The Dangers of Winging It

today we have a guest post by Kerry Knight

cartoon by Liza Donnelly for the New Yorker

"Hello? Risotto Crisis Hotline?"

They say a little knowledge is a dangerous thing. If this is so, I am a dimwitted terror in the kitchen. A little too cocky, I like to wing it, extemporize, or “improve” on the tried and true. I am also a Lazy Larry when it comes to sticking to the minor details known as “ingredients,” “quantities,” and that most egregious example of bossy booting, “Directions.” I also don’t like to wear my reading glasses because they make me look old but not wise. Most often, this has disastrous effects.

Even if you have made baking-powder biscuits over a hundred times, I guarantee you that one-day you will dim-wittedly reach for the baking soda and triple the amount, oblivious to the semantic distinction between Tsp and Tbsp. It will start with a hubristic sense of entitlement and ability and it will end in laughter through tears, my favorite emotion. If you are lucky, you can salvage your flop, but most often, the disaster is a total write off that a goat would turn his nose up at.

My first flop, and attempt at salvage, centered on an assault on Maple Walnut Fudge for a bake sale in Grade 6.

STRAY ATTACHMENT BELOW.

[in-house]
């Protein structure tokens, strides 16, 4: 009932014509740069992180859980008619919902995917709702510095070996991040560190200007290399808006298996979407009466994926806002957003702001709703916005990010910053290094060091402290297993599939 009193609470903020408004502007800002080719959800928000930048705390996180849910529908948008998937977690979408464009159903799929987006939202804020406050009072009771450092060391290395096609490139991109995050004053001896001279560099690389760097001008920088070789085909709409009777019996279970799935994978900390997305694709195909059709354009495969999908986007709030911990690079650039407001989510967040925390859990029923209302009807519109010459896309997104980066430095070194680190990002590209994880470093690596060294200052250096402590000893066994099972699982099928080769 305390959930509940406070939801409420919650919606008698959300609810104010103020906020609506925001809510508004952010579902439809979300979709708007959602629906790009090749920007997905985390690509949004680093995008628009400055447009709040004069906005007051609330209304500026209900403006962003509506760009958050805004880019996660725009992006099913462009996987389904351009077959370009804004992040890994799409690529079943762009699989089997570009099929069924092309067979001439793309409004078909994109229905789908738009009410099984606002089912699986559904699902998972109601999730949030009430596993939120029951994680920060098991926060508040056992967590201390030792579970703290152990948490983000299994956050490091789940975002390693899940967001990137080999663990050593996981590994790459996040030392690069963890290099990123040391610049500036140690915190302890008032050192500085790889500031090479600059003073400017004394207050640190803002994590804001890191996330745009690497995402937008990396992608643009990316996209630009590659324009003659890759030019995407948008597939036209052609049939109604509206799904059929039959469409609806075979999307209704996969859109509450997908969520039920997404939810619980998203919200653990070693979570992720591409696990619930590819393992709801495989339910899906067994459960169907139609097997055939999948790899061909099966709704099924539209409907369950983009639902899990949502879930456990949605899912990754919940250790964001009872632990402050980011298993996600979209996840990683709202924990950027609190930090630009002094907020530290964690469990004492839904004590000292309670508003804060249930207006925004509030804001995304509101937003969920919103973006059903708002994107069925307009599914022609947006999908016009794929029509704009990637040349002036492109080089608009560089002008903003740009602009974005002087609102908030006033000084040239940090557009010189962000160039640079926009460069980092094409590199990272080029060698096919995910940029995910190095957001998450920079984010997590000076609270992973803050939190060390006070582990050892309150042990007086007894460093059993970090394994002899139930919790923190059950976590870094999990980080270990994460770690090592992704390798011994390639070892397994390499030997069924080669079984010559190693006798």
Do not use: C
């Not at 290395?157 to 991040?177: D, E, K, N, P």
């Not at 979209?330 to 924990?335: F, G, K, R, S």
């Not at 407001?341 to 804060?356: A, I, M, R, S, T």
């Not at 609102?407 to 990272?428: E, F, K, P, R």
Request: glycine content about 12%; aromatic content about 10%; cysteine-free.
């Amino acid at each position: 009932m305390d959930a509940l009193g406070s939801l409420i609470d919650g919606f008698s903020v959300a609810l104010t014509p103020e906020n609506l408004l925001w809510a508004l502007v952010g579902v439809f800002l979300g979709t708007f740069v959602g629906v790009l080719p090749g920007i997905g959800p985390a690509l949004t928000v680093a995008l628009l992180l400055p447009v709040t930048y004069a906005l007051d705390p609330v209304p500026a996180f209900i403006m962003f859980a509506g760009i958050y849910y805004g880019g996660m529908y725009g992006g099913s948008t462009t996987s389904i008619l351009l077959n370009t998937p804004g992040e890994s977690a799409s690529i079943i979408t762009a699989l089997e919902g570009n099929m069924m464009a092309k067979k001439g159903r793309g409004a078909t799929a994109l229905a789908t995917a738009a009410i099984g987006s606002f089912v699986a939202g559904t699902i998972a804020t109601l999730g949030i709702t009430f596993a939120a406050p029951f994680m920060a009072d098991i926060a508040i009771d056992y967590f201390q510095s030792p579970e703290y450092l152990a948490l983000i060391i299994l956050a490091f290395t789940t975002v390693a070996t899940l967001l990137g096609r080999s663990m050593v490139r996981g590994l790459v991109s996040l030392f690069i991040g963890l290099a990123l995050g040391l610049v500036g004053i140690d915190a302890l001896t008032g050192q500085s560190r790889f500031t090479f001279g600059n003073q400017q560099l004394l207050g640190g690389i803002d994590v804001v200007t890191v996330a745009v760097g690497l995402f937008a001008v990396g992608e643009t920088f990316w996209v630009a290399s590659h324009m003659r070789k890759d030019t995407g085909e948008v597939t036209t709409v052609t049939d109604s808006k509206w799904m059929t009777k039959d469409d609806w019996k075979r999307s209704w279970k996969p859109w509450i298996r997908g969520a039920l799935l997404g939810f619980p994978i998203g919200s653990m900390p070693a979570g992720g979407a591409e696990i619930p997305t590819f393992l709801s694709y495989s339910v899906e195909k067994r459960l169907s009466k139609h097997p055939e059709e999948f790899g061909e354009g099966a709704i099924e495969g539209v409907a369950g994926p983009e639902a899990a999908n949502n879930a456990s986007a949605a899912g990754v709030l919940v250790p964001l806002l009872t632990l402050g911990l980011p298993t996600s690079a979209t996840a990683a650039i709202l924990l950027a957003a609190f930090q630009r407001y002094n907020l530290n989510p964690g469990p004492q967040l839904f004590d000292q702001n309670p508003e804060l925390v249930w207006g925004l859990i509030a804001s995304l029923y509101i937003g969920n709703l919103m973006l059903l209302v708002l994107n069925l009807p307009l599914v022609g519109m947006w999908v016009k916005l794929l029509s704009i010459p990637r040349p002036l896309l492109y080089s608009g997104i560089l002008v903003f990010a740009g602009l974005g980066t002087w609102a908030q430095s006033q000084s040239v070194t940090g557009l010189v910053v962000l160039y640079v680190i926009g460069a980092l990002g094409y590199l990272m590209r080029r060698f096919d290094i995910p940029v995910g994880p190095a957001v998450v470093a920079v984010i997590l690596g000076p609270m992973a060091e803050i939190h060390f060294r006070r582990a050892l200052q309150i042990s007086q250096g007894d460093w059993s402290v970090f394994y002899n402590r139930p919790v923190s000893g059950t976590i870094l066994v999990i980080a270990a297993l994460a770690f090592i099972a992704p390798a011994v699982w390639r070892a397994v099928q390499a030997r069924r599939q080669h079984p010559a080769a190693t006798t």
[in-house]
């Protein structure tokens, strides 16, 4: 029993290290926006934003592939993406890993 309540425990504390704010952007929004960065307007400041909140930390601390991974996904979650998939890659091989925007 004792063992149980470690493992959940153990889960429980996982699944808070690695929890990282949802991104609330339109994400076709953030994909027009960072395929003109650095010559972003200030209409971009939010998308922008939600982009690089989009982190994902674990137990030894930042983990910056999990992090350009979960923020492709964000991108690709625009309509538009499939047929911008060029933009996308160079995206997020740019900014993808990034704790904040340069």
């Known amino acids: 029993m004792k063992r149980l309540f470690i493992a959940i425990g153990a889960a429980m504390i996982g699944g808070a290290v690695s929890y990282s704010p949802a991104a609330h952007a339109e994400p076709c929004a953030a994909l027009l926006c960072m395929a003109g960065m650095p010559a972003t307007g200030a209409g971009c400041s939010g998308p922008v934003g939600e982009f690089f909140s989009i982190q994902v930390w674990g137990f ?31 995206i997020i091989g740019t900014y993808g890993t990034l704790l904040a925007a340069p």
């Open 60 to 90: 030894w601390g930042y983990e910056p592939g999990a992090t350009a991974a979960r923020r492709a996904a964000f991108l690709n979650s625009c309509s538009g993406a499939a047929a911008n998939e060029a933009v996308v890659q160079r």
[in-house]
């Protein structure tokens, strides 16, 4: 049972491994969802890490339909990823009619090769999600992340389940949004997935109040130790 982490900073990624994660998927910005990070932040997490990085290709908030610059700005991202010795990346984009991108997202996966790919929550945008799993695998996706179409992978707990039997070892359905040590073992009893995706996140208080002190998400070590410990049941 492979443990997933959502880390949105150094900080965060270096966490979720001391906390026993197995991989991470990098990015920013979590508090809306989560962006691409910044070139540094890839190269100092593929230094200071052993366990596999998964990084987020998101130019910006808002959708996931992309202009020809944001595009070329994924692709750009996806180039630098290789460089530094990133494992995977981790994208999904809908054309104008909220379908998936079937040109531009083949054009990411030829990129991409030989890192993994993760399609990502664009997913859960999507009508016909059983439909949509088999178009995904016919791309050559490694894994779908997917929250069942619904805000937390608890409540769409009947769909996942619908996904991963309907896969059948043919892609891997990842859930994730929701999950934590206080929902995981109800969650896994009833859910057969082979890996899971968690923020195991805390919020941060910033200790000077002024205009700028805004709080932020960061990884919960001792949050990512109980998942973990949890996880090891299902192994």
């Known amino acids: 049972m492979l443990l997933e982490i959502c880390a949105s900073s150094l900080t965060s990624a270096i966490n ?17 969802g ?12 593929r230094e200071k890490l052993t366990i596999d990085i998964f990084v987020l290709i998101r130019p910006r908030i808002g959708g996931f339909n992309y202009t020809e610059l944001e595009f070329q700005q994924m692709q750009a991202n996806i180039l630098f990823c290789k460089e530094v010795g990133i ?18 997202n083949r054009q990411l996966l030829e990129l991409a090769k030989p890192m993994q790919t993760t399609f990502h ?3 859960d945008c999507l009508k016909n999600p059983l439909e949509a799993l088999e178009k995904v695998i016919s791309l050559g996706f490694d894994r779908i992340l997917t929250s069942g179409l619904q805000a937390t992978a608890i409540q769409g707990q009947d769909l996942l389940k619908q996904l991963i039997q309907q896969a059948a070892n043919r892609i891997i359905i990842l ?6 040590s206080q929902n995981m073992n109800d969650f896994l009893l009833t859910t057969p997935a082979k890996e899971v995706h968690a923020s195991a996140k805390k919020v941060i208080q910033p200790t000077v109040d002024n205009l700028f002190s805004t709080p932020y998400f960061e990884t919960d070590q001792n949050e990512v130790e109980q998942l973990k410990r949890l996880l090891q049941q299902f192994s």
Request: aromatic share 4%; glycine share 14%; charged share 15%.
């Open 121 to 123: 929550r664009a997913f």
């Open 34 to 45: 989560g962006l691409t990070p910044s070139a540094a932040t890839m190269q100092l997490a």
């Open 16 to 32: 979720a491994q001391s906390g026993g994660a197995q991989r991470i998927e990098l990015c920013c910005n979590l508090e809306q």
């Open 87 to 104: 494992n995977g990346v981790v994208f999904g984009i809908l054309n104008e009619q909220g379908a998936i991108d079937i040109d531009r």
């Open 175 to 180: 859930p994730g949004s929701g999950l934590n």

Deciding even then to forego the “You’re not the Boss of Me” directions, I just put all the ingredients in the pot and boiled for about an hour. I dubbed the result “Mystic Mixture!!” and attempted to sell Dixie cups of it for a nickel. I earned enough to buy one Popsicle, thanks to Sister Eusebia.

Recently, inspired by a post on this very blog, I made a tomato soup cake and forgot to add the baking soda. The result was a heavy orange bottom feeder that tasted ok but you wouldn’t want to serve it at afternoon tea. Luckily my ingenious wife was able to turn it into a Bread Pudding that was gobbled up by an unsuspecting crowd of drunks at a Christmas party, a fate that awaits a gingerbread that suffered a similar indignity.

One fateful day many moons ago, I read about this new technique in Cook’s Illustrated called “brining”, and proceeded to brine my chicken for 10 hours in a solution of 1 cup sugar and ten cups salt. I have never forgiven Cooks Illustrated for this, and for refusing to print any of my “Quick Tips”.

If I can leave you with one tip that will help you it is this hint I am taking from a poetry appreciation class I suffered through years and years ago:

Read the recipe aloud.

It will make more sense to you; your brain will remember the sound of your voice saying “Baaaaking Poooowder.” And if you hear yourself saying, “Brine chicken in ten cups of salt” you can stop the madness before it begins.

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